top of page

1124 Jefferson Street

South Side

Present Day: Vacant lot (Missing Building)

1124 Jefferson Street

About 2006 the building, then known as First Bank was torn down. Stacy Moore, branch president, tried to sell or even donate the building but the cost was more to fix it up than to build a new one. Before demolition began, a portion of the roof caved in and a section on the front of the building began to bow out. The asbestos was removed and the 8000 square foot basement was filled. The bank moved to its new facility at 1805 State St in October 2001.

1945: The name was changed to Lawrenceville National Bank and Trust Co. In 1972 the President was H.F. Tykal.

1918: The Farmer’s State Bank moved into the new building. In 1922 the officers were Leslie G. Gee President; Joseph S. Young, Jr. Vice-President; S. R. Nigh, Cashier; and H. A. Seed and L. S. Bobbitt Assistant Cashiers.

1917: The Bank building was built. For information about the second floor businesses click here.

Oct 11, 1916: Lawrenceville suffered the most disastrous fire in its history early Thursday morning when the entire block of business buildings at the corner of 12th and Jefferson burned. In the block were the Malcolm Hotel, the Fish and Highsmith Furniture Store, the John Ritter grocery, the Western Union Telegraph Office, and the Law Office of S. J. Gee & Son. The loss sustained by the various firms was estimated at $58,000.

1911: The Fish and Highsmith Furniture Store was located in corner building. The Malcolm Hotel had its entrance on 12th Street, then known as Jones Street, with rooms to rent on the second floor.The Lawrenceville Republican May 1911 “Lawrenceville's new hotel, Hotel Malcolm under the popular management of Wm. McCarthy and wife is fast gaining favor at home and abroad. This hotel is located up town and convenient to the business district and railroads. The bus lines all pass it and sample rooms are maintained in connection with the hotel. The rooms are all light and well ventilated and supplied with electric lights and hot and cold water. The Western Union has its offices in the hotel, and long-distance and local telephone privileges are supplied. In fact every convenience known in hotels is granted, (including) a finely equipped dining room with a bill of fare to tempt the most jazzy appetite. This, added to the genial treatment by the management, are making it a popular stopping place. It has become necessary to enlarge the capacity of the hotel. Mr. McCarthy has leased the residential property just by the hotel of Mr. Gordon and has thus established an "annex." Convenient and most desirable quarters are thus secured.”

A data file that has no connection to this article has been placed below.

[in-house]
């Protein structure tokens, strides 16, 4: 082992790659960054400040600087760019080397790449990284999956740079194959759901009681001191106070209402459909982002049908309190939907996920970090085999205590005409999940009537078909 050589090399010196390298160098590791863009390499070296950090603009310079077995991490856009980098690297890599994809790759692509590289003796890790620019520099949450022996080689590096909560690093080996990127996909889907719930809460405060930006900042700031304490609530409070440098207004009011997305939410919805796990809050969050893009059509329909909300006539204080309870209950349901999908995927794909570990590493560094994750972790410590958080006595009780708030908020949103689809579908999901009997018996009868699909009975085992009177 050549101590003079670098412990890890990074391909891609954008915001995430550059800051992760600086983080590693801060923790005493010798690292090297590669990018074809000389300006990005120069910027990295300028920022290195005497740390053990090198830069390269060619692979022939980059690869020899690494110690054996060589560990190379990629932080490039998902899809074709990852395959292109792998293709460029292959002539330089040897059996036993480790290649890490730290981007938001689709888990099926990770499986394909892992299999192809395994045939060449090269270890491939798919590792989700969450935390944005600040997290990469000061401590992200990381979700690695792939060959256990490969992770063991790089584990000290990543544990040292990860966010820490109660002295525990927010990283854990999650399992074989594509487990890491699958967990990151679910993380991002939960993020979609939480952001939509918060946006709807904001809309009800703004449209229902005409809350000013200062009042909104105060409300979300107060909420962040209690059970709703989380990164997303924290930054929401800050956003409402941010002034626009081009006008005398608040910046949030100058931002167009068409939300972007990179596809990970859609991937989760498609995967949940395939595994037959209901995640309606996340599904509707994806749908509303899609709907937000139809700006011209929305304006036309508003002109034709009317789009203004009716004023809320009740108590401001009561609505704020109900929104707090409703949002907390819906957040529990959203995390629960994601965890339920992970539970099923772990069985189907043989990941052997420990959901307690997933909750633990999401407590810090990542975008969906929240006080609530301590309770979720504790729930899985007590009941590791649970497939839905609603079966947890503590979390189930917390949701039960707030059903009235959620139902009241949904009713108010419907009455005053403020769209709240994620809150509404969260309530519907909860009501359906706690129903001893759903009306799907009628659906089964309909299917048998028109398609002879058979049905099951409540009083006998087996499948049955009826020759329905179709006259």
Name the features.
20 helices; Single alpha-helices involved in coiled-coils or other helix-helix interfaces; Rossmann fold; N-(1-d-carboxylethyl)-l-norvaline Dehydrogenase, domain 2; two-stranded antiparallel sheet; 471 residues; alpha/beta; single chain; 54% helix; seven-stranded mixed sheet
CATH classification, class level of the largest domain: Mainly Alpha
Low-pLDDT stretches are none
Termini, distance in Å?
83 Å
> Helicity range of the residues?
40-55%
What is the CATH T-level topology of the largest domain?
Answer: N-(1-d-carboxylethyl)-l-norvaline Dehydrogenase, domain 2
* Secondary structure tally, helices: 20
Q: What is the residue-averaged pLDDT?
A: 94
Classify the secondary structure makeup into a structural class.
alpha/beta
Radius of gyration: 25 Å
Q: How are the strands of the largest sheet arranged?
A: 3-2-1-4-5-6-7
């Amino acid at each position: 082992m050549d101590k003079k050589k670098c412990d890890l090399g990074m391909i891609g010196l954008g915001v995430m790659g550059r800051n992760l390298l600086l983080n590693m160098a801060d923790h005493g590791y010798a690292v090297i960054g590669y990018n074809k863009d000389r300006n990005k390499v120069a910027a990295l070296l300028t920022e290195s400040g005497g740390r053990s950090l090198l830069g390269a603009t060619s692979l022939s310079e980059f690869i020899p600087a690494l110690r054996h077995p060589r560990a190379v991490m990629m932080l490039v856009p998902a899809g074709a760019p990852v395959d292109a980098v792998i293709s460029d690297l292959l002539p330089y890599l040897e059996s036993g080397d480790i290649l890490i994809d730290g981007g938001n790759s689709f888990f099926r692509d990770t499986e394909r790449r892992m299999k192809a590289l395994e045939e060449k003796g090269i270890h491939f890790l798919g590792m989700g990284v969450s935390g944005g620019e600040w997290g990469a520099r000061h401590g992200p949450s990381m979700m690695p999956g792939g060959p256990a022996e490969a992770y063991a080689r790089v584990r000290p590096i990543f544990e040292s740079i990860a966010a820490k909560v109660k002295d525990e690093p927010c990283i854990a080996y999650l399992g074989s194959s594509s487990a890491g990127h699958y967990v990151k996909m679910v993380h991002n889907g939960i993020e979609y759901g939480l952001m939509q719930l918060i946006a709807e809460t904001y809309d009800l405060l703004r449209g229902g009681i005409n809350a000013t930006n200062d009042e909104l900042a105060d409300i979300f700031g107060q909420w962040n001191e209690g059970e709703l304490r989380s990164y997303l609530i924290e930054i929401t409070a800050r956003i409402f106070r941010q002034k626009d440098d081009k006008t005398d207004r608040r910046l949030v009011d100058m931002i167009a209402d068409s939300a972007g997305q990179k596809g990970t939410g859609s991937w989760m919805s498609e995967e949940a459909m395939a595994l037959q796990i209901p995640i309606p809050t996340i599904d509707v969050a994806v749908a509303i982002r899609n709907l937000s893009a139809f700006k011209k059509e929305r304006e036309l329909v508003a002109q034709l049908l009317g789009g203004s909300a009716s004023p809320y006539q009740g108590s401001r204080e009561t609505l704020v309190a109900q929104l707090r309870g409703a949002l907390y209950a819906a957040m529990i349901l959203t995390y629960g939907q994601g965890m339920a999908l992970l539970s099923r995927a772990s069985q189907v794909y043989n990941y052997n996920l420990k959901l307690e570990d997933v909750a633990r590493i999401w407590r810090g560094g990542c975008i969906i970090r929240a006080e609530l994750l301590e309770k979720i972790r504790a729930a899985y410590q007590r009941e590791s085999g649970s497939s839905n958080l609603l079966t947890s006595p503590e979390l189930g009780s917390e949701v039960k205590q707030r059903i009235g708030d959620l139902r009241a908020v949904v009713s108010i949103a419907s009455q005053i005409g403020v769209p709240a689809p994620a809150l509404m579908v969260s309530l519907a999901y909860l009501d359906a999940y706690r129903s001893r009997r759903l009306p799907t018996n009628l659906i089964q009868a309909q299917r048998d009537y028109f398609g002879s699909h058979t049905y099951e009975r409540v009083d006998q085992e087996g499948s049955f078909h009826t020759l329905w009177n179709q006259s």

1909: Slyvester Gee built a large two story building on this lot.

1908: Amanda Musgrave sold her establishment to Sylvester Gee for $5,000, who tore it down to make room for a new business building.

1892-1908: On this lot was a large home owned by Joseph and Amada Musgrave. It was used as a boarding establishment known as the Civil War Inn. When her husband died, the widow continued running an “eatery”. The Chicago Tribune published an article about her cooking on March 9, 1892 and again on October 6, 1894.

Research continues for earlier 1800 property owners.

1124 1/2 Jefferson Street - Upstairs
The businesses located upstairs over the bank and also those over the Gee building to the east are difficult to place in the correct building. The city directories used different street number addresses and often the businesses themselves when they advertised merely said Gee Building, not differentiating between which of the three Gee buildings located I that block was correct.

1966: Industrial Radio Assoc. owned by Whitmer, Billingsley & Cannon

1941- 1972: The Offices of the Red Cross of Lawrence Co were located upstairs with Mrs. Crusse as secretary.

1941: The offices of Gee and Shaw were listed as being located here. Fred W Gee and Raleigh M Shaw, were business partners.

Room 2-3
1956: The offices of Dale Insurance Agency managed by Wm H Dale , Tohill & Gosnell Inc and Gosnell & Fitzpatrick Attys were located here according to one city directory.

1941: Vacant

1935: Mrs Alice Vandament purchased the equipment and good will of the Patsy Ann Beauty Shop over the Farmers State Bank. Mrs. Inez McKelvey was her assistant according to an early newspaper article.

Room 4 
1941: Wabash Production Credit Assn offices were here with E. F. Loveless as the Secretary-Treasurer.

Room 5
1941 The Offices of the Peoples Building & Loan Assn with Jas. M. Groff, President; Thomas E. Sullivan, Vice-President; John O. Smith, Secretary; and Leslie G. Gee Treasurer.

Room 6
1941 Shell Oil Co had an office here with G. D. Lambert as the seismologist. The company engaged in oil exploration.

Room 7
1941: Lester & Wichter

Room 8-9
1966- 1972: Tohill & Gosnell, Abstract Office was located here. Sarah E. Ridgley was the manager.

1941: The Law offices of Noah M. Tohill and Maurice E. Gosnell were located here.

Room #10
1941-66: The Office of Joe. S. Young, Oil Producer and Contractor were located here with Joe W. Young listed as Trustee.

1966: The Law Office of Maurice E Gosnell and Edward Benecki were located here.1941 James M Groff, attorney occupied Rooms 10-11.

bottom of page